Nothing beats the thrill of traveling – the excitement that comes when you’re packed, passport in hand, ready to explore a new country or return to a favorite city. As fun as the adventure is, the act of travel can be daunting, especially at the airport. From long lines to strict TSA agents to finding a reliable Wi-Fi signal, there are countless ways your new trip buzz can be stifled before you board the plane. To keep your trip running smoothly, here are some expert flying hacks and layover tips that work.
Most airlines offer lounge access to top fliers; however, you don’t have to be George Clooney in Up in the Air to enter one. Credit cards like Chase Sapphire Reserve or American Express Platinum also give members exclusive lounge access simply by owning the card. You can also pay to enter many of the airline lounges for the day for approximately $50. Not a bad price if you have several hours to kill.
As you’re going through security and you arrive at the screening zone, pick the lines to the left. These are typically shorter, in the United States at least, partially because American’s drive on the right-hand side of the road and tend to maneuver in that direction. Inversely, aim right in England, Ireland and Australia.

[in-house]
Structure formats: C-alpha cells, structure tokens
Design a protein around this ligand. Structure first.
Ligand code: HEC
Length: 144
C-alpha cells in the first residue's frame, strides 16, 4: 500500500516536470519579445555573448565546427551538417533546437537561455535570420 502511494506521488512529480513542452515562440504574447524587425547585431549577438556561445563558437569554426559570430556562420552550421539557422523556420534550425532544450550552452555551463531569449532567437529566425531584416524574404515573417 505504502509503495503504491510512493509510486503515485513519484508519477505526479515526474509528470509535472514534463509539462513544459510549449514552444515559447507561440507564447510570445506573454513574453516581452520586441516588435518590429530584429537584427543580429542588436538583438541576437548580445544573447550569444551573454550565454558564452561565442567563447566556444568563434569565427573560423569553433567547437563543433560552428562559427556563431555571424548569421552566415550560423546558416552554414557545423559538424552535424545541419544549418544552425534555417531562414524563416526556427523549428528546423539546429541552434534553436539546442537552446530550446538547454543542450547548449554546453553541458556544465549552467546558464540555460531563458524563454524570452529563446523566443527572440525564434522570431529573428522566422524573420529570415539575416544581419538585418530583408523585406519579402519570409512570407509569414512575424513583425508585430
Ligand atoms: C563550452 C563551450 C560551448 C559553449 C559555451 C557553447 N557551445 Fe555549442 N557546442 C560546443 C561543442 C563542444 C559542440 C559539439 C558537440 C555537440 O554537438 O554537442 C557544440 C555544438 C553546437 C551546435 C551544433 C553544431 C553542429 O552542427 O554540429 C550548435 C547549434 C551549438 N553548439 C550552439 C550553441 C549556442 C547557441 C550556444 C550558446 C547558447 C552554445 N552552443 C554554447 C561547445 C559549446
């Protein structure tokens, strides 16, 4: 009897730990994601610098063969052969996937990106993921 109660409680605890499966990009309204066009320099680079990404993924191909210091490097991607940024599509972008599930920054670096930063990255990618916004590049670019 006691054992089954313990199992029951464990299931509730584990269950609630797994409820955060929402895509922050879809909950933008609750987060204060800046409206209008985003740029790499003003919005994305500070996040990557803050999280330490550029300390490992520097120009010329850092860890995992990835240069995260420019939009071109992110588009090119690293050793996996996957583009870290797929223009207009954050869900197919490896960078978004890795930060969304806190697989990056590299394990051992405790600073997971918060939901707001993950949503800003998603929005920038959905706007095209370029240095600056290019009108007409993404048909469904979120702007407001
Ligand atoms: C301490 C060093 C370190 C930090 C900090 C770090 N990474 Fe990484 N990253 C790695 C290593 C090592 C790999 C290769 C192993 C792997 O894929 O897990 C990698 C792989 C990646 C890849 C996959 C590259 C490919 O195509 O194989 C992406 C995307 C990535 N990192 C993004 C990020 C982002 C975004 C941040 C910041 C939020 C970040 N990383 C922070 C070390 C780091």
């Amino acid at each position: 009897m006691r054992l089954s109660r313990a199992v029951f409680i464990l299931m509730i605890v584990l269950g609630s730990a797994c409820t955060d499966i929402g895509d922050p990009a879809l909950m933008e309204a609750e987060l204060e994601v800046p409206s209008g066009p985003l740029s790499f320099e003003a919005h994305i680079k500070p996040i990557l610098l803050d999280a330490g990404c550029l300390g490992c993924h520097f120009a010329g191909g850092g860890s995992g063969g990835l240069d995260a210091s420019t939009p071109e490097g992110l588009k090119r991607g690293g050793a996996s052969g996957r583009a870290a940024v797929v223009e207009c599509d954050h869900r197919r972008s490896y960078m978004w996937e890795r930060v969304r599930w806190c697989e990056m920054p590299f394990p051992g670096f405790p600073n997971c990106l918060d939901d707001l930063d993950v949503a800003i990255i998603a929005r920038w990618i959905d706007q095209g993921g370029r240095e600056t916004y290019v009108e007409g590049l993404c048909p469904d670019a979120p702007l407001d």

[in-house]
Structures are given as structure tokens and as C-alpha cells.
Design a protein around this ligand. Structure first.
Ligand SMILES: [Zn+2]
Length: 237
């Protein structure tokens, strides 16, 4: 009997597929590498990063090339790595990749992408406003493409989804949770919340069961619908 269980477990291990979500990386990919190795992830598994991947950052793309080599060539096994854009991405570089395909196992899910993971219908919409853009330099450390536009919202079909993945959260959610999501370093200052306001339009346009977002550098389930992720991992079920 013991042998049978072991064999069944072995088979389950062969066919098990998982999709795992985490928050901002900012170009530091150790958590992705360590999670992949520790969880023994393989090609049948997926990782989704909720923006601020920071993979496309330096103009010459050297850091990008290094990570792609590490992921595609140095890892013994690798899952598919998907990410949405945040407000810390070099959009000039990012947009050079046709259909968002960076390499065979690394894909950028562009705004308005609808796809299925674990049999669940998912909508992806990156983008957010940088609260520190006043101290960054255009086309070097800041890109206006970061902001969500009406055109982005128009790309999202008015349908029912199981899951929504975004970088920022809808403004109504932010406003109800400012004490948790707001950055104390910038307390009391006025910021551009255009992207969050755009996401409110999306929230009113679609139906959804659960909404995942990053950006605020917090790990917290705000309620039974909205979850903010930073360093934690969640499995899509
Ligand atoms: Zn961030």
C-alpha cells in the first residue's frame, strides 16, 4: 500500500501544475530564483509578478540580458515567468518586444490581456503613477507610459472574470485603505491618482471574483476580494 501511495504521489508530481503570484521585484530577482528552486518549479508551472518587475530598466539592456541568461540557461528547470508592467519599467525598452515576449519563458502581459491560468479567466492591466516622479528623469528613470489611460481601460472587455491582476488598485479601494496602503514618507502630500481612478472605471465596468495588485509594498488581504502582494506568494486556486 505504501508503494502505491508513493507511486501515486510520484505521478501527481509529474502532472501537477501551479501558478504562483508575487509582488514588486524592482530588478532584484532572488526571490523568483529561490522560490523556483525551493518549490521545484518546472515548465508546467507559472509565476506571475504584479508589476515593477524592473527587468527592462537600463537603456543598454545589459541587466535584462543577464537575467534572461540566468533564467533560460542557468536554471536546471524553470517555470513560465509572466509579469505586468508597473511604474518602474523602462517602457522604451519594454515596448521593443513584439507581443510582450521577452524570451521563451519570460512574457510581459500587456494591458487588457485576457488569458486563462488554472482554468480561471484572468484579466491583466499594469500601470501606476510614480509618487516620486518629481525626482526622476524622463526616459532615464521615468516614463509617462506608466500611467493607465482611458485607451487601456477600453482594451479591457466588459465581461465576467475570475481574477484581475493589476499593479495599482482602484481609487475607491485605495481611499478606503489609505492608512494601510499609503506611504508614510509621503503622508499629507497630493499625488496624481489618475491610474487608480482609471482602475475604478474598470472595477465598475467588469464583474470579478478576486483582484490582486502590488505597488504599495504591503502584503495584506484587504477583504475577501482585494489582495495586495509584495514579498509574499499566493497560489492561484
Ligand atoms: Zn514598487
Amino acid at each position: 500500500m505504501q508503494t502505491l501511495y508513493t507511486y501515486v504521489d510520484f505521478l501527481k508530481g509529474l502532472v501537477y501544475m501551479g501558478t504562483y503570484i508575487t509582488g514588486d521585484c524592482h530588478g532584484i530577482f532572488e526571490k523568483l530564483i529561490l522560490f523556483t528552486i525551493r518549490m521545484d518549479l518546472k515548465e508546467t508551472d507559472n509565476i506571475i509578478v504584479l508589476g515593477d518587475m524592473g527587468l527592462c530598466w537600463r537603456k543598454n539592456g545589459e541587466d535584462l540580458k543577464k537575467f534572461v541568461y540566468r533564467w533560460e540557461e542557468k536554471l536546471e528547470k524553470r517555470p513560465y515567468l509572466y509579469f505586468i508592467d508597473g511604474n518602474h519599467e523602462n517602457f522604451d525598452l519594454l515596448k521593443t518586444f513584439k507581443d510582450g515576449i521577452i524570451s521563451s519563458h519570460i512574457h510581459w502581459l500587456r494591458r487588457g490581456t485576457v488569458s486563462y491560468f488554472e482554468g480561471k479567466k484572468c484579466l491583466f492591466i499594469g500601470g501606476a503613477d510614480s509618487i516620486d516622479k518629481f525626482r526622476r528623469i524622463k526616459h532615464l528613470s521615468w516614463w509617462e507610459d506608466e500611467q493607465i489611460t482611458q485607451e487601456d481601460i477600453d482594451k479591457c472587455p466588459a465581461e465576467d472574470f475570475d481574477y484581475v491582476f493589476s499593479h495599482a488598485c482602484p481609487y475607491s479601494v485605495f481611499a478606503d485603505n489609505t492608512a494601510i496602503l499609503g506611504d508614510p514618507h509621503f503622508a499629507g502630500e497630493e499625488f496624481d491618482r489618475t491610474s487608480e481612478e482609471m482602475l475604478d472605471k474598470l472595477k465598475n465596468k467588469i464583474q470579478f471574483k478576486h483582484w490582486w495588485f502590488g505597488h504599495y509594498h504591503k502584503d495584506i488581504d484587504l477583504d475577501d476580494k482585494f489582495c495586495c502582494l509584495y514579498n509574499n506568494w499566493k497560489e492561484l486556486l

Breakfast on the run – bring a bag of instant oatmeal in your carry-on, along with your favorite toppings, be it diced fruit or brown sugar packets. When the beverage cart is pushed down the aisle, simply ask for a paper cup, some hot water and voilà—you have a healthy snack.
My favorite one is pre-order lunch or dinner. If you’re stuck in a long security lines that seems to be moving at a snail’s pace, and you’re worried you won’t have enough time to grab a solid meal before your flight, worry no more. With the Grab app, you can pre-order a meal anywhere in the airport—if your airport is one of the 40 it currently supports. You can search restaurants that are near your gate, order and pay through your phone, and your meal will be ready when you arrive.
Borrowed from our Travel Tips Quarterly Newsletter.